Push train control
With push-pull train control , the time and effort required to assemble passenger trains in railway operations can be minimized. In addition to the standard passenger coaches, a push-pull train includes a diesel or electric locomotive equipped for push-pull operation and a control car . In rare cases, the process is also used on freight trains .
The engine driver can lead the train from both the locomotive and the control car, whereby the "remote-controlled" motor vehicle from the control car "pushes" the train. This eliminates the need to move the locomotive to the other end of the train at terminal stations or to change locomotives at intermediate stops with a change of direction, especially in head stations . The push-pull train control is mainly used in local and regional transport, but intercity trains also run in push-pull operation.
The German ICE also has driver's cabs on both sides. The trains of the first generation still have two power cars . The trains of the second generation , however, only have a powered locomotive at one end of the train. At the other end of the ICE-2 half-train has a control car, which also makes this type of train a push-pull train.
A technical distinction is also made between analogue and digital push-pull train control.
A distinction is made between direct push-pull train control, in which all functions (drive and brake) are operated from the control car, and indirect push-pull train control. Under the indirect shuttle train is the driver of a running at the head of the train Wendezugbefehlswagen of control commands with the engine telegraph on ships similar device to the locomotive where they the regulator authorized heater quit immediately and must perform. The train brake is also operated with indirect control from the driver's cab of the push-pull train command vehicle.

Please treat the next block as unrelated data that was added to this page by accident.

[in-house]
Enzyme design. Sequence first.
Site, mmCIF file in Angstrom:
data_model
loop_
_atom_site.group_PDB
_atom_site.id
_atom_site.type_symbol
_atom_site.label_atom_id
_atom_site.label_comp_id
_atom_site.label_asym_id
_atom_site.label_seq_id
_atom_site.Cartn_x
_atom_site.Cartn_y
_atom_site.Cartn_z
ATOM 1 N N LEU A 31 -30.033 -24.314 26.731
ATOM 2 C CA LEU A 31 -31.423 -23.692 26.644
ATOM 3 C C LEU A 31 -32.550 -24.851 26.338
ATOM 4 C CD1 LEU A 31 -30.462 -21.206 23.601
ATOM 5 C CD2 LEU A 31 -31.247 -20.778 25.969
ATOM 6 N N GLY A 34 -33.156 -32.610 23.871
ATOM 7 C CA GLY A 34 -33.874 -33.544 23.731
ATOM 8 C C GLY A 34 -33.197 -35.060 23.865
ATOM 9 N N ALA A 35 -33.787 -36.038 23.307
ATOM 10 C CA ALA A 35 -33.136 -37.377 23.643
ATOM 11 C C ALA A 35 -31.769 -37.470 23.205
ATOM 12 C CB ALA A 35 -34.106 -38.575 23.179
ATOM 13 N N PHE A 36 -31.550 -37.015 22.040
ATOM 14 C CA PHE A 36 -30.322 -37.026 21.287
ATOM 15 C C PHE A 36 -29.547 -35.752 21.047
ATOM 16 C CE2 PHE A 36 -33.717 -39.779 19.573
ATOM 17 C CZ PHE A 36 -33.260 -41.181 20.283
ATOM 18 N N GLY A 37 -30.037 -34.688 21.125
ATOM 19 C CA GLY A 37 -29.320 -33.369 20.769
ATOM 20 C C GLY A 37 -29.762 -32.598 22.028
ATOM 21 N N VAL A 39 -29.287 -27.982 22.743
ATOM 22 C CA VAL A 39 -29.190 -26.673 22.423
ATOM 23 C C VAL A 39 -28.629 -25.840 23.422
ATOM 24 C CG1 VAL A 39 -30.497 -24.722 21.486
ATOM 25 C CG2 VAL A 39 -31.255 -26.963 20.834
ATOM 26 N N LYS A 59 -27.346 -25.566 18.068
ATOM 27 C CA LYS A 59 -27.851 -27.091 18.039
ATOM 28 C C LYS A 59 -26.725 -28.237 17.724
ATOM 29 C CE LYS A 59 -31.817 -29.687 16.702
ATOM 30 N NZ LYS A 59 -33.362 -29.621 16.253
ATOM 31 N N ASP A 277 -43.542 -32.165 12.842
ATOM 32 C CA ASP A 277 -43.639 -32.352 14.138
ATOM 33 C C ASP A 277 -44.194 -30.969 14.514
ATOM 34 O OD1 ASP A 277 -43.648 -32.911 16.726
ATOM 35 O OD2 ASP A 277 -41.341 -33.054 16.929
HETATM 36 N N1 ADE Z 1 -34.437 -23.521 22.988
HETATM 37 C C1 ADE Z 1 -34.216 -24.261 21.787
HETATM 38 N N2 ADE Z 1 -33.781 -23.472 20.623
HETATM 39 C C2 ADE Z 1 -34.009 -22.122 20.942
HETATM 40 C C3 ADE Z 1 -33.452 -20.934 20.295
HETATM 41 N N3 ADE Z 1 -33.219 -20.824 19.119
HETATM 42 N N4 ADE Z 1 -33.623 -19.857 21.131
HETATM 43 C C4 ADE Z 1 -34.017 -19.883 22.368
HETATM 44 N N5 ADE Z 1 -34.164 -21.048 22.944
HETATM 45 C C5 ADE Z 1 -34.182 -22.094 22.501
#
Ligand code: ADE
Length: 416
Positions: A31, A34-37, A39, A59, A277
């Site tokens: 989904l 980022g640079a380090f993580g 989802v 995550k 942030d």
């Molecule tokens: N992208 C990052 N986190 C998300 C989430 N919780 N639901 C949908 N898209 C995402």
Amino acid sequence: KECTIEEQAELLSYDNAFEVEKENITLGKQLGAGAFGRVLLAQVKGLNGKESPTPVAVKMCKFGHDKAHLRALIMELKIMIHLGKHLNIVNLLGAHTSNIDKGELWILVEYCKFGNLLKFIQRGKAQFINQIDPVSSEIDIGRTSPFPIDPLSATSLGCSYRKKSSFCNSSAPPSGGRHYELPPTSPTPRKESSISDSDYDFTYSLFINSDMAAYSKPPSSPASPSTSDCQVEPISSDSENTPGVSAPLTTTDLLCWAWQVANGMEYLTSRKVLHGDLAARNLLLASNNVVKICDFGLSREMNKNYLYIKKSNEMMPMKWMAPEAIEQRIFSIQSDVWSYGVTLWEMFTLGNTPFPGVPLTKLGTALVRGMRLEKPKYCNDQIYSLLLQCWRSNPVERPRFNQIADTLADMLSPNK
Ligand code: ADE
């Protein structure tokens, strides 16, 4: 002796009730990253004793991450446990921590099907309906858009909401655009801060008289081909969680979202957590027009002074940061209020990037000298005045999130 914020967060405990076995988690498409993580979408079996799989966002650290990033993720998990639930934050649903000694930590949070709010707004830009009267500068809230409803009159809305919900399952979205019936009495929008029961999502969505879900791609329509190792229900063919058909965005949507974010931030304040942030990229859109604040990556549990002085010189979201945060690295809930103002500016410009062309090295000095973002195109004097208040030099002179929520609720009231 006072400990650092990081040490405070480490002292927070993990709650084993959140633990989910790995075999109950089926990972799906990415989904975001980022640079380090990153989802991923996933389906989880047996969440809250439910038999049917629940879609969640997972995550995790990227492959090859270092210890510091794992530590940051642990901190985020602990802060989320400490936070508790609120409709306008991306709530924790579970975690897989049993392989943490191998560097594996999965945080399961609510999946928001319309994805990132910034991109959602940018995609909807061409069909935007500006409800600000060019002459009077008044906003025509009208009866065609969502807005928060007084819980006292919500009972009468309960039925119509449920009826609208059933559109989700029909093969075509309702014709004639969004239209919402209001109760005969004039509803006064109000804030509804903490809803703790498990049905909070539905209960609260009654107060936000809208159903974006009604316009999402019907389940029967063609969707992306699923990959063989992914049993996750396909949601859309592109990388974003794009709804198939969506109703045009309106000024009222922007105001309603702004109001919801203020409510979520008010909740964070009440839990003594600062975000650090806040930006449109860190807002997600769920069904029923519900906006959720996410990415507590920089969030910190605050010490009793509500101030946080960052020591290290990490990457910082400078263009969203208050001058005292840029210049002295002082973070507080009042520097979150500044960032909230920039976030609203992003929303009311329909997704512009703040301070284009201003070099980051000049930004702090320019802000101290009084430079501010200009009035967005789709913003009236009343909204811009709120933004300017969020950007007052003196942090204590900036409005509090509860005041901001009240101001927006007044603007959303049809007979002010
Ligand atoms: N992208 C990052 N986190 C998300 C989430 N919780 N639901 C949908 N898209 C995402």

In 1951, the Deutsche Bundesbahn decided to use indirect push-pull train control in steam mode, as the heater had to remain on the locomotive to operate the fire and also to detect malfunctions typical of steam locomotive operation. When braking was initiated by the train driver seated in the push-pull train command car, the steam supply to the locomotive engine was shut off by a compressed air-operated regulator closing device, so that no drive force could act on the wheels that could have delayed braking. Class 78 , 38.10 , 65 and 23 steam locomotives have been converted for this purpose .
The experiments with electric locomotives (at that time on a converted E 04 locomotive ) appeared to be more promising , since the engine driver could control the locomotive directly. Due to the Second World War, the test program could not be completed despite good results. It was only after the war that push-pull train operation - initially in the area of the German Federal Railroad - could slowly establish itself when locomotives and wagons with the appropriate standard equipment were available.
Conventional push-pull train control (KWS)
In Germany, signals are transmitted in analogue fashion via a 36-pin ( Deutsche Bundesbahn ) or 34-pin ( Deutsche Reichsbahn ) push-pull control cable. The lines transmit individual control commands to the locomotive to be controlled and return status messages. In addition, analog values such as B. Motor current and contact wire voltage or the setpoint for the dynamic brake. Control cars with conventional controls can only be used for operation with steam, diesel or electric locomotives; a change in the type of traction requires the driver's cab to be converted in the workshop, with the exception of the Wittenberger head , where switching a switch is sufficient.
Time division push-pull train control (ZWS)
Back in 1978, got the conventional shuttle train Competition: The developed this year train - pull trains from x-cart along with locomotives of the 111 series used for data transfer between the locomotive and control cars, the time-division shuttle train, in which instructions, messages and values digitally transmitted. The signaling of the CFB occurs via the wires 10 and 11 of every vehicle existing UIC cable (UIC 568). A more common name today is IS line ("information and control line"). 80-bit datagrams are transmitted between the locomotive and the control car with the aid of modems . The locomotives send a datagram with their series identification because the control car has to react differently to different locomotives.